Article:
In git I track only my extension files, build.xml for phing and Vagrantfile. So everybody who want to create an environment can just clone repository, and run vagrant up. Then he will get VM up and running ready to work. All this process takes 1-2 minutes. If you want to build project locally (without using VM) you can run phing build install.


Currently my development environment is Ubuntu v12.04 with VMWare. I work entirely inside of the VM, with full GUI and only use samba file sharing within Ubuntu if I need to get to the files from my host OS which is Windows 7. I normally access and map a network drive via the internal IP of the VM via NAT for networking to the VM. Using other solutions proved to be much slower like VMWare's Shared Folders. I have this disabled in my VMWare Image settings. I do however install VMWare tools to allow for easy copy/pasta to my host machine and vise versa.

As Matthias Zeis pointed out, be careful in your selection of networking/shared folders with your VM as some will prove problematic.

I was previous user of VirtualBox but found VMWare to be more stable and performs acceptably (at least for me). I would however perform your own tests to best suit your needs and requirements, ie. Vagrant uses VirtualBox.

IDE: I was using Netbeans quite extensively as my IDE of choice but have since moved to a more lightweight solution as Sublime Text 2. I rarely will open Netbeans as mainly for X-Debug purposes and easier Refactoring. Netbeans, PHPStorm, Eclipse, etc. are all Java based IDE's and can be very resource hungry.

HARDWARE: To add more, Hardware will always be a key role in performance (obviously). If your developers are still using platter HDD I would look to invest in SSD for them. Since Magento has a very large amount of files/folders it will greatly speed up developers performance. While developing: With all caching off, and While simply traversing the folder tree in SVN/GIT, or your IDE. Giving your VM enough RAM is also just as important.

My Host Machine: Samsung SSD 512GB Drive space, Win7 (64bit), 8GB RAM, i7 2.4GHz (8 cores)

My VM Machine: Samsung SSD, 30GB Drive space, Ubuntu 12.04 (32bit), 3GB RAM, i7 (4 cores allocated).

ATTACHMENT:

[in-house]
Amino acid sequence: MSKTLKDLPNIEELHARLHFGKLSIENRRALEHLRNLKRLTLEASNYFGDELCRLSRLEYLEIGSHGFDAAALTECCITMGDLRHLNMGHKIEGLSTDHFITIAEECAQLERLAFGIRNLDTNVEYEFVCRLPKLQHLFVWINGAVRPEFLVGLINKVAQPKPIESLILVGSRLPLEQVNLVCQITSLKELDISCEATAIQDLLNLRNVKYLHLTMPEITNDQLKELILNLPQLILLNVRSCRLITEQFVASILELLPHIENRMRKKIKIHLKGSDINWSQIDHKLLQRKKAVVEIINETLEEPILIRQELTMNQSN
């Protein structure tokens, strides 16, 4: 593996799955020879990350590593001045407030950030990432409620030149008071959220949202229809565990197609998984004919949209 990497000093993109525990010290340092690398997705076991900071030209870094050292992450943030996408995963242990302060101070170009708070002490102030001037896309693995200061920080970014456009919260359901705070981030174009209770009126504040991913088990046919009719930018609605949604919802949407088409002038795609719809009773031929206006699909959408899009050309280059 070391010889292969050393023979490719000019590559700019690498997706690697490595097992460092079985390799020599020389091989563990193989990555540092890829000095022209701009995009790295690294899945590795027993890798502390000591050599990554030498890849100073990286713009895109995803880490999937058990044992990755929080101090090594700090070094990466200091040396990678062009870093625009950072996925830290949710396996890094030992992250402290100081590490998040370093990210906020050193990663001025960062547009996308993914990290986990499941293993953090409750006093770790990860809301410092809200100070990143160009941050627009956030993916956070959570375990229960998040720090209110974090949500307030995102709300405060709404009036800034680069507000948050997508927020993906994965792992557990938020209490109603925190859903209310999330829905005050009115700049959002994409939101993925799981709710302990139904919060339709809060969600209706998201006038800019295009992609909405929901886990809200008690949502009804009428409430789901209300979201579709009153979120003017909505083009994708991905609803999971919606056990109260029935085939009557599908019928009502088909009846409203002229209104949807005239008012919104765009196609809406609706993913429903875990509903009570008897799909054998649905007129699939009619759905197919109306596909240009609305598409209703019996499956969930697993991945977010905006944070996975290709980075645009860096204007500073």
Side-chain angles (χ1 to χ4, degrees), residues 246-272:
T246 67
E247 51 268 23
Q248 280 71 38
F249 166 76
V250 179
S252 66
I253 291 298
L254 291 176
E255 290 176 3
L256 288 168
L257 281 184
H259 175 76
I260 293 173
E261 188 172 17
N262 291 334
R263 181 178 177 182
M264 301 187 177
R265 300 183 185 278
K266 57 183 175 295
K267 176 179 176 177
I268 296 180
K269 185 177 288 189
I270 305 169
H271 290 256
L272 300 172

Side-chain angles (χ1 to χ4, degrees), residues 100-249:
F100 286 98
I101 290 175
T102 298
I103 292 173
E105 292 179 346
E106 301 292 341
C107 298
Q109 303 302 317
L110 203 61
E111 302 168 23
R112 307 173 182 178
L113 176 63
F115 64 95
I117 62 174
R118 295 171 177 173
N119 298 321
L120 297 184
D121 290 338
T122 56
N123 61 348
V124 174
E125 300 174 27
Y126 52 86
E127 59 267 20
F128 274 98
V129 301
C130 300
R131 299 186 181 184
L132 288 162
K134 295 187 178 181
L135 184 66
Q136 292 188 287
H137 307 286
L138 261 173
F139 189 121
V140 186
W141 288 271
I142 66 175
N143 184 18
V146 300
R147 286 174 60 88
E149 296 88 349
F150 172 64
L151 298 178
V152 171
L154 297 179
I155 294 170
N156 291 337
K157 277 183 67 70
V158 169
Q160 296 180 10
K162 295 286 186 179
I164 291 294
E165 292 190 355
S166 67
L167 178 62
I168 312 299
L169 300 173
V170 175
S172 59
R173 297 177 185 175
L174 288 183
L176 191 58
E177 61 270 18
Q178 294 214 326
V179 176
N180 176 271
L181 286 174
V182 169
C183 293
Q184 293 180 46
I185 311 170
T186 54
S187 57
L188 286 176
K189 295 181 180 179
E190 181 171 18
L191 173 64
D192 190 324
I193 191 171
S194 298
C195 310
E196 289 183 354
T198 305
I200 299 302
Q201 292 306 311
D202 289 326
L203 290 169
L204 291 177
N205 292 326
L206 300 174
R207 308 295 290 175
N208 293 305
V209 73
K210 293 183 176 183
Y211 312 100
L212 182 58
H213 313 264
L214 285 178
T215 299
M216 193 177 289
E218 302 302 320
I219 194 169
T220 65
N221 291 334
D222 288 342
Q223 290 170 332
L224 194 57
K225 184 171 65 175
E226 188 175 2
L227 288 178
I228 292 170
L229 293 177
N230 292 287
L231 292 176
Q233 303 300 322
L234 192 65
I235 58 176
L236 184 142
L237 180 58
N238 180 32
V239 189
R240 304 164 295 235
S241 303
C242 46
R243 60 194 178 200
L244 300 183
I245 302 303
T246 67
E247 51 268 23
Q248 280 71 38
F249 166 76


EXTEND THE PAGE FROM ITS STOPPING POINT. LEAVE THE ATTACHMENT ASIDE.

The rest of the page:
QUESTIONS TO ASK: The biggest question is, to create one Developer VM Image that is lightweight and reusable across multiple projects, or to create an Image per project. Previously I was trying to do smaller VMs on a per project basis however the reconfiguring constantly to go with my development workflow became too much of a chore, and now use one larger VM and try my best to keep each project as isolated as possible.

Maintaining OS, IDE, LAMP Stack, updates/configurations, etc. can become a chore if multiple VM's per project is the route chosen. Ultimately leading to longer development time (and even worse un-billable time for local environment setups).

This has also proved helpful, as I was quickly able to access other project files without the need to open up a new VM and slice my Host hardware even more. The downside is ideally I would want each project to be siloed from other projects to prevent any unforeseen issues with the environment (ie. php.ini, my.cnf, httpd.conf, etc.). So far the tradeoff of having all projects easily accessible has proved to more resourceful.

Again this is up to your requirements and needs so evaluate them before hand.

FEEDBACK: Which leads to feedback. Get as much input from your developers as possible. Ultimately their requirements need to be met and their problems understood before a proper solution can be set up and put into place. Everyone has different workflows, and not everyone is comfortable working in the OS you may chose for development. My rule of thumb is let the developer chose their OS and IDE they are most comfortable in and will perform best with. So even a lightweight headless linux VM may prove useful to their needs, but obviously can run into the issue of sharing the folders across the local network between the Host and VM.

PORTABILITY: I have also toyed with the idea of keeping my VM Image on something like Dropbox so I could easily access it at any time I may need. Since services like Dropbox compare bit by bit of what's stored it seemed logical that only the bits i've changed would be synced. However this proved not to be the case as I believe it has to do with the internals of how the Image file is saved, and I would be waiting all day/night just for my VM to sync.

NOTES: The larger the drive space allocated to the VM the larger the Image will become, keep this in mind when distributing the Image to your developers. Front loading your project files per project may be overkill and I would leave this to each developer to set up after they have the created image.

Ashley Schroder has a somewhat old related article that is a good read, as well as some of the comments by Fooman and Colin

Hopefully this helps with insight to your listed item of problem, #6.